The most common way I’ve seen the statement “|A| overlaps |B|” formalized is |A \cap B \neq \varnothing|. To a constructivist, this definition isn’t very satisfying. In particular, this definition of overlaps does not allow us to constructively conclude that there exists an element contained in both |A| and |B|. That is, |A \cap B \neq \varnothing| does not imply |\exists x. x \in A \land x \in B| constructively.

As is usually the case, even if you are not philosophically a constructivist, taking a constructivist perspective can often lead to better definitions and easier to see connections. In this case, constructivism suggests the more positive statement |\exists x. x \in A \land x \in B| be the definition of “overlaps”. However, given that we now have two (constructively) non-equivalent definitions, it is better to introduce notation to abstract from the particular definition. In many cases, it makes sense to have a primitive notion of “overlaps”. Here I will use the notation |A \between B| which is the most common option I’ve seen.

We can more compactly write the quantifier-based definition as |\exists x \in A.x \in B| using a common set-theoretic abbreviation. This presentation suggests a perhaps surprising connection. If we swap the quantifier, we get |\forall x\in A.x \in B| which is commonly abbreviated |A \subseteq B|. This leads to a duality between |\subseteq| and |\between|, particularly in topological contexts. In particular, if we pick a containing set |X|, then |\neg(U \between A) \iff U \subseteq A^c| where the complement is relative to |X|, and |A| is assumed to be a subset of |X|. This is a De Morgan-like duality.

If we want to characterize these operations via an adjunction, or, more precisely, a Galois connection, we have a slight awkwardness arising from |\subseteq| and |\between| being binary predicates on sets. So, as a first step we’ll identify sets with predicates via, for a set |A|, |\underline A(x) \equiv x \in A|. In terms of predicates, the adjunctions we want are just a special case of the adjunctions characterizing the quantifiers.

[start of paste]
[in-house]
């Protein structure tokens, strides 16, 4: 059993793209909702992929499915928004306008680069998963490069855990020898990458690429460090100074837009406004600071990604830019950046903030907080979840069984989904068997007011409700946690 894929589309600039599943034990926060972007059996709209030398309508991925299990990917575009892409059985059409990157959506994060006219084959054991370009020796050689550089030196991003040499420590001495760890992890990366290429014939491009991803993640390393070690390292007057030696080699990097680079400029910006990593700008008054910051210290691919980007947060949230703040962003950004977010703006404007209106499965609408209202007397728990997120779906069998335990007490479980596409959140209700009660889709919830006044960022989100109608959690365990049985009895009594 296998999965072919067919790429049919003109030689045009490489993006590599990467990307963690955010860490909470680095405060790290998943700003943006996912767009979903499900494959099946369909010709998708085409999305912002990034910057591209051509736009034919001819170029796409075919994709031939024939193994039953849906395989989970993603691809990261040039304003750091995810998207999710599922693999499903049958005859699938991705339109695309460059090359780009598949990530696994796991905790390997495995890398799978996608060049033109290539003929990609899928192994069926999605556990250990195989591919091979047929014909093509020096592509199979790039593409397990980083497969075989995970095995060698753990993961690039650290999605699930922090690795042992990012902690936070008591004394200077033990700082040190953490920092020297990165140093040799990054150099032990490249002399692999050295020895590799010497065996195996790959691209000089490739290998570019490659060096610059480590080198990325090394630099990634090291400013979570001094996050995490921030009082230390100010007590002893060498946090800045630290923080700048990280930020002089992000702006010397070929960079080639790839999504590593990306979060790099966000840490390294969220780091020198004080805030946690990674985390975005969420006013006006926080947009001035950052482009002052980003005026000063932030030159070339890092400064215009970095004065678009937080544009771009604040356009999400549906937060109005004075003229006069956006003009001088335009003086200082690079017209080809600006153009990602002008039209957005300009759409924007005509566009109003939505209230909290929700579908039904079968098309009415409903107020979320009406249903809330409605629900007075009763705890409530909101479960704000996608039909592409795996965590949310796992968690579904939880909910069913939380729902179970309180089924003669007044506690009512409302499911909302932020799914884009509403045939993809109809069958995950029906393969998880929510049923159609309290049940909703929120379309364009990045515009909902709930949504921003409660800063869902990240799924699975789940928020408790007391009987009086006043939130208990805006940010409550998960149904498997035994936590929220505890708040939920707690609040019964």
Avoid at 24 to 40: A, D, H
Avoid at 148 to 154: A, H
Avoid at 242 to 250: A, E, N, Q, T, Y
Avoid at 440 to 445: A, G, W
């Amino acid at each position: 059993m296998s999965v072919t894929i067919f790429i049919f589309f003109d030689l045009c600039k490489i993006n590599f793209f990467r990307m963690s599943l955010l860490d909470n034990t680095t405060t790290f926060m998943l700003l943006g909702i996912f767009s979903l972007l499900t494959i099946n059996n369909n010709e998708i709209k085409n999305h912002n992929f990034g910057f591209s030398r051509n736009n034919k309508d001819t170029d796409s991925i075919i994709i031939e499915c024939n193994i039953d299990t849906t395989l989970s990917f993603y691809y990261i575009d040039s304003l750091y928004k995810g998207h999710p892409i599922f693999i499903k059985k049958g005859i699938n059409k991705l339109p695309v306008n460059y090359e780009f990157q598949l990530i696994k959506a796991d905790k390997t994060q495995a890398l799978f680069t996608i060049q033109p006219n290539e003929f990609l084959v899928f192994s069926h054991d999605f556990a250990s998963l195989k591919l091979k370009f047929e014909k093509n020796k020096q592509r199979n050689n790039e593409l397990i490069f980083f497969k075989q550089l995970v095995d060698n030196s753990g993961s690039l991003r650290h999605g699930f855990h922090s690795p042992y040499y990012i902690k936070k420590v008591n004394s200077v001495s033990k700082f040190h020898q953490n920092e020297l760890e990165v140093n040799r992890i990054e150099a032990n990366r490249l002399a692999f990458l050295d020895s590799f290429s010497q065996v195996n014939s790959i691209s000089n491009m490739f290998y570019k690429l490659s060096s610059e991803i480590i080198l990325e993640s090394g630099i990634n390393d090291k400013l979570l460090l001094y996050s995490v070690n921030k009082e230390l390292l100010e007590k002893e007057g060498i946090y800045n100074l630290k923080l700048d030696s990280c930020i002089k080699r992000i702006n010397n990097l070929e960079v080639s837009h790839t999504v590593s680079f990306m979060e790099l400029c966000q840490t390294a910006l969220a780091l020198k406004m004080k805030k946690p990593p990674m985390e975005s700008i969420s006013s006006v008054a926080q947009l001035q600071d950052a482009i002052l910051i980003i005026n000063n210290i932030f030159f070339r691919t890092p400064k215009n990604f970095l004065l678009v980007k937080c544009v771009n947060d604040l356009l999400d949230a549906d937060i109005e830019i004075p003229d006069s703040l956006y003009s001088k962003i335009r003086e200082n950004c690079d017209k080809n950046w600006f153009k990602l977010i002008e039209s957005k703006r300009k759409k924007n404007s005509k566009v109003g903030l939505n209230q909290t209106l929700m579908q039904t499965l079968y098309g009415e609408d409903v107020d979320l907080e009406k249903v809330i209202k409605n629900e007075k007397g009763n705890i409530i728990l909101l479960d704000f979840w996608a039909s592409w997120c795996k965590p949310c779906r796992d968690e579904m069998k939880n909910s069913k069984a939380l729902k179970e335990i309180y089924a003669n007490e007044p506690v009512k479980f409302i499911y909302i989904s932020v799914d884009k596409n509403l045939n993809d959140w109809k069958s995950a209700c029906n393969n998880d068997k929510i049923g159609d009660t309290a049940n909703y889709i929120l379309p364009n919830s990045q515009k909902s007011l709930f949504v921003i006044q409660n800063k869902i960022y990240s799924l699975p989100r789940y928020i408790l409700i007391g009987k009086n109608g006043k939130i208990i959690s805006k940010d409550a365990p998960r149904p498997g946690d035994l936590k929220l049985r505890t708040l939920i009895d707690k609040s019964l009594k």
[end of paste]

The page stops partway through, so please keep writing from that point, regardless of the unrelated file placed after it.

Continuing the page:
\[\underline U(x) \land P \to \underline A(x) \iff P \to U \subseteq A\]

\[U \between B \to Q \iff \underline B(x) \to (\underline U(x) \to Q)\]

What we actually want is a formula of the form |U \between B \to Q \iff B \subseteq (\dots)|. To do this, we need an operation that will allow us to produce a set from a predicate. This is exactly what set comprehension does. For reasons that will become increasingly clear, we’ll assume that |A| and |B| are subsets of a set |X|. We will then consider quantification relative to |X|. The result we get is:

\[\{x \in U \mid P\} \subseteq A \iff \{x \in X \mid x \in U \land P\} \subseteq A \iff P \to U \subseteq A\]

\[U \between B \to Q \iff B \subseteq \{x \in X \mid x \in U \to Q\} \iff B \subseteq \{x \in U \mid \neg Q\}^c\]

The first and last equivalences require additionally assuming |U \subseteq X|. The last equivalence requires classical reasoning. You can already see motivation to limit to subsets of |X| here. First, set complementation, the |(-)^c|, only makes sense relative to some containing set. Next, if we choose |Q \equiv \top|, then the latter formulas state that *no matter what |B| is* it should be a subset of the expression that follows it. Without constraining to subsets of |X|, this would require a universal set which doesn’t exist in typical set theories.

Choosing |P| as |\top|, |Q| as |\bot|, and |B| as |A^c| leads to the familiar |\neg (U \between A^c) \iff U \subseteq A|, i.e. |U| is a subset of |A| if and only if it doesn’t overlap |A|’s complement.

Incidentally, characterizing |\subseteq| and |\between| in terms of Galois connections, i.e. adjunctions, immediately gives us some properties for free via continuity. We have |U \subseteq \bigcap_{i \in I}A_i \iff \forall i\in I.U \subseteq A_i| and |U \between \bigcup_{i \in I}A_i \iff \exists i \in I.U \between A_i|. This is relative to a containing set |X|, so |\bigcap_{i \in \varnothing}A_i = X|, and |U| and each |A_i| are assumed to be subsets of |X|.

Below I’ll perform a categorical analysis of the situation. I’ll mostly be using categorical notation and perspectives to manipulate normal sets. That said, almost all of what I say will be able to be generalized immediately just by reinterpreting the symbols.

To make things a bit cleaner in the future, and to make it easier to apply these ideas beyond sets, I’ll introduce the concept of a Heyting algebra. A Heyting algebra is a partially ordered set |H| satisfying the following:

- |H| has two elements called |\top| and |\bot| satisfying for all |x| in |H|, |\bot \leq x \leq \top|.
- We have operations |\land| and |\lor| satisfying for all |x|, |y|, |z| in |H|, |x \leq y \land z| if and only |x \leq y| and |x \leq z|, and similarly for |\lor|, |x \lor y \leq z| if and only |x \leq z| and |y \leq z|.
- We have an operation |\to| satisfying for all |x|, |y|, and |z| in |H|, |x \land y \leq z| if and only if |x \leq y \to z|.

For those familiar with category theory, you might recognize this as simply the decategorification of the notion of a bicartesian closed category. We can define the **pseudo-complement**, |\neg x \equiv x \to \bot|.